• Monday’s deal in Iran comes despite India’s long-standing cooperation regarding the gas field and is indicative of the impact of the U.S. sanctions on India-Iran energy cooperation, which had been drastically reduced during the Donald Trump administration in the U.S.
  • Last year, Mr. Zanganeh had indicated that foreign talks on the Farzad B block had become difficult because of the sanctions. Monday’s deal will pave the way for daily production of 28 million cu m of gas over five years, reported Shana.

Mains Analysis

Unwarranted arrest

Why in News?

Andhra Pradesh MP K. Raju have been booked under “sedition” charge by invoking Section 124 of IPC on the grounds of speech-based offences related to his diatribe against the party leader and CM.

Syllabus–GS 2- Constitutional provisions

Background: –

  • Narsapuram MP from Andhra Pradesh and YSRC rebel K Raghurama Krishnam Raju was on Friday arrested by Andhra Pradesh CID on charges of sedition.
  • CID officials said Raju had been ‘indulging in hate speeches against certain communities and promoting disaffection against the government’.
  • Raju, who has openly rebelled against chief minister Jagan Mohan Reddy, was picked up on his 60th birthday from his house in Hyderabad’s gated community at Gachibowli amid high drama after around 20 CID sleuths reached his doorstep.
  • A video showing heated arguments between the MP’s associates and CID sleuths went viral. CRPF personnel who are part of his Y category security surrounded him for protection.
  • The MP has been booked under IPC sections 124A (sedition), 153A (promoting enmity between different groups), 505 (incite, any class or community of persons to commit any offence) read with 120B (criminal conspiracy). He was taken to the CID headquarters in Mangalagiri from Hyderabad.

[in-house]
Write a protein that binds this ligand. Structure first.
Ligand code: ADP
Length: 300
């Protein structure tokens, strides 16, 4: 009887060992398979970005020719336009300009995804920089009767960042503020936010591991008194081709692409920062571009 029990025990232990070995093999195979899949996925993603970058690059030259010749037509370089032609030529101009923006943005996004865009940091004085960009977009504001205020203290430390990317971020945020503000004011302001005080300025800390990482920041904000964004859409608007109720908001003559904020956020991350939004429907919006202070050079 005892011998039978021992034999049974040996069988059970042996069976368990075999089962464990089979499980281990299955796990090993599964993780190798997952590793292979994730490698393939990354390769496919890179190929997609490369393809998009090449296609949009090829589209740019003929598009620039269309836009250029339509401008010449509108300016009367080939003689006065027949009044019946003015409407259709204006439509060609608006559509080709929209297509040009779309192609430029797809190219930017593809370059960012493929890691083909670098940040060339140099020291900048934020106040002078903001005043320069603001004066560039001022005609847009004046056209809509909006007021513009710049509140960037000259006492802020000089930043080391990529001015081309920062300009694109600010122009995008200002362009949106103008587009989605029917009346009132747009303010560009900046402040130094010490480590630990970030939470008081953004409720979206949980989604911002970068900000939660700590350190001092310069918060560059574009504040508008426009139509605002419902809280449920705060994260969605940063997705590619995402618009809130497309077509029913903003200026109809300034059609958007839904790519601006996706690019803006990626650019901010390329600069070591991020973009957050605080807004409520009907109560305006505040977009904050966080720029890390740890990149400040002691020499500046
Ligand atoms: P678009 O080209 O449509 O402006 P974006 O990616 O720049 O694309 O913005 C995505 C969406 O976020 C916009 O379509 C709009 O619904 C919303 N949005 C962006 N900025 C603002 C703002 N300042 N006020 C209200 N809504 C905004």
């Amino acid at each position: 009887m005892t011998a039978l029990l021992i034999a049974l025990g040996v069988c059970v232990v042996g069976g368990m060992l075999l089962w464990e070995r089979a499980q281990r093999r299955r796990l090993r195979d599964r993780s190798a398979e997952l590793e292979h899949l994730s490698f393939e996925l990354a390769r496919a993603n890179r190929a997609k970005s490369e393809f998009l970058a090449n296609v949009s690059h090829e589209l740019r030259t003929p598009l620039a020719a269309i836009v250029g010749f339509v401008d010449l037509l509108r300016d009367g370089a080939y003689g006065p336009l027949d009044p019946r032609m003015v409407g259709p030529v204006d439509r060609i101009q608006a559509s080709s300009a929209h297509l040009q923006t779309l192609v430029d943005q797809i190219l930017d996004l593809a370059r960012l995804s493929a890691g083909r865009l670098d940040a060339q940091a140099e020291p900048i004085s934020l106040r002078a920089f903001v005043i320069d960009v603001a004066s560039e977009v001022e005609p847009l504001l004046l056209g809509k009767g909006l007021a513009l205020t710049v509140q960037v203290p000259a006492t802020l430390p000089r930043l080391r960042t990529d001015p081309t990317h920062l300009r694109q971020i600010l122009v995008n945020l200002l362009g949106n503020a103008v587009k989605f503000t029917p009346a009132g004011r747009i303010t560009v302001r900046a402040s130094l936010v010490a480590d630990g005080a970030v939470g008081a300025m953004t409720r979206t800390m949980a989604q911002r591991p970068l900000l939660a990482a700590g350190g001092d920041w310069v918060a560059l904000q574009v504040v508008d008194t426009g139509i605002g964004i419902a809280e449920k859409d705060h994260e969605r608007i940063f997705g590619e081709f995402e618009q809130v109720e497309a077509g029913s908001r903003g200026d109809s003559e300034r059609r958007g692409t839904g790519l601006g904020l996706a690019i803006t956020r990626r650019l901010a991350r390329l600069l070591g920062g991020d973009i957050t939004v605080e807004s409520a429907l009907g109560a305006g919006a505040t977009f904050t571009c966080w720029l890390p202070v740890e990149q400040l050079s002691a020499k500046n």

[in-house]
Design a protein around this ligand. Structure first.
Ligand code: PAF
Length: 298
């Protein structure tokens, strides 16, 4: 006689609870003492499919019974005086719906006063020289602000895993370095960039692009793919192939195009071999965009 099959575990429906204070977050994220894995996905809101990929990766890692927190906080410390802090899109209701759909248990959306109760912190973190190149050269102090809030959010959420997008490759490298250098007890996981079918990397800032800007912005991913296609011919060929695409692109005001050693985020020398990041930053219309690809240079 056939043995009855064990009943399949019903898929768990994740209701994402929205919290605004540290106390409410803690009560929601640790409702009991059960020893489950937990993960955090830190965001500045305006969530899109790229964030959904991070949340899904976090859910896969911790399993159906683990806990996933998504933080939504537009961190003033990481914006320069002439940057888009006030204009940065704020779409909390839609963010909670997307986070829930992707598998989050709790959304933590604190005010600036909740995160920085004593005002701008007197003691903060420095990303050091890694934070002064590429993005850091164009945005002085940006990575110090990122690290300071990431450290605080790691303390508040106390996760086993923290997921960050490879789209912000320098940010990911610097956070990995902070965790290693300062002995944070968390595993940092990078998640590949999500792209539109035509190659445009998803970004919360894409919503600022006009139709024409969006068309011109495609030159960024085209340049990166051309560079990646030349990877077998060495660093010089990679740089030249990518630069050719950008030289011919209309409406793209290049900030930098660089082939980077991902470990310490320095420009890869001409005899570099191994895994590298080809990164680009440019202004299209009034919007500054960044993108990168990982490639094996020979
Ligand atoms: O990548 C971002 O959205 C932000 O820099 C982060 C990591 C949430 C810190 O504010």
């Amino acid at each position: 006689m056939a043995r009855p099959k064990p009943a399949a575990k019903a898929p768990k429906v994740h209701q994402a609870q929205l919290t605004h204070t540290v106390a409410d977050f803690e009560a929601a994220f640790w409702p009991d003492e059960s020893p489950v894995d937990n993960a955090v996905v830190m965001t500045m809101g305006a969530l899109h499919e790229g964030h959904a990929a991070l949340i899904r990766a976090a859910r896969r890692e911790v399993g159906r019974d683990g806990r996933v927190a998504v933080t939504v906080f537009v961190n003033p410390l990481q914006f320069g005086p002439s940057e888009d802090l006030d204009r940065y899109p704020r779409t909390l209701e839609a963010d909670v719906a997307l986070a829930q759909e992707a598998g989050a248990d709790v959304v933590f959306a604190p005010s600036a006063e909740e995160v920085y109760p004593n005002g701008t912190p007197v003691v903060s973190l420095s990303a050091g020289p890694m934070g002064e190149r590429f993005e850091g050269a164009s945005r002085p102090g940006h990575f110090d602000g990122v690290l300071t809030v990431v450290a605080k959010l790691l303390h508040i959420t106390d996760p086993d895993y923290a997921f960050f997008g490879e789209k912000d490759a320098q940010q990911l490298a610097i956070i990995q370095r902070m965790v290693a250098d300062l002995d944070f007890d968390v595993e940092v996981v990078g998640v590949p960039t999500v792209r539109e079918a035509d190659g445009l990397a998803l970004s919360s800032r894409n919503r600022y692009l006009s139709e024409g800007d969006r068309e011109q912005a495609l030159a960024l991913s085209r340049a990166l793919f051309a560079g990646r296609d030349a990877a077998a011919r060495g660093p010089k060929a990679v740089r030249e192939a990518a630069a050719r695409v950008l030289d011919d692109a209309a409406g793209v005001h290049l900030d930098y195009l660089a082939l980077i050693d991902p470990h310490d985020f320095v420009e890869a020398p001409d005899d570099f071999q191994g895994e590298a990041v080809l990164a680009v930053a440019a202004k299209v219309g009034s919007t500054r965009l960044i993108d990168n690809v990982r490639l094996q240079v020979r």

Sedition Offences: –

  • The prosecution claims that his speeches stoked hatred against communities — he had referred to alleged rampant conversion activities in the State — and attracted prosecution under Section 153-A or Section 505.
  • These offences attract a prison term of only three years and, under the Arnesh Kumar ruling (2014) of the Supreme Court, there is no need to arrest a person for an offence that invites a prison term of seven years and less.
  • Sedition, which allows a maximum sentence of life imprisonment, also prescribes an alternative jail term of three years.

What is sedition in law?

  • “In law, sedition is certainly an act of spreading disaffection against the government.
  • There is a thin line between criticizing the government, making a false propaganda against the government and trying to destablise the government.
  • Destabilising a democratically elected government certainly falls under the purview of sedition law.”

Custody

  • There has been alleged illtreatment of the leader and thus the Supreme Court ordered his health examination at Army hospital.
  • The bail petition of MP is likely to be taken up later this week. CID has named two television channelsin the FIR to which he gave interviews.

Does sedition law curb free speech?

  • “The law has become synonymous with being anti-national,” said Kumar adding that the courts have to interpret it in terms of Article 19, which guarantees the right to freedom of speech and expression but also provides riders.
  • “The riders are that you have to give a free passage to the government to function in a proper way.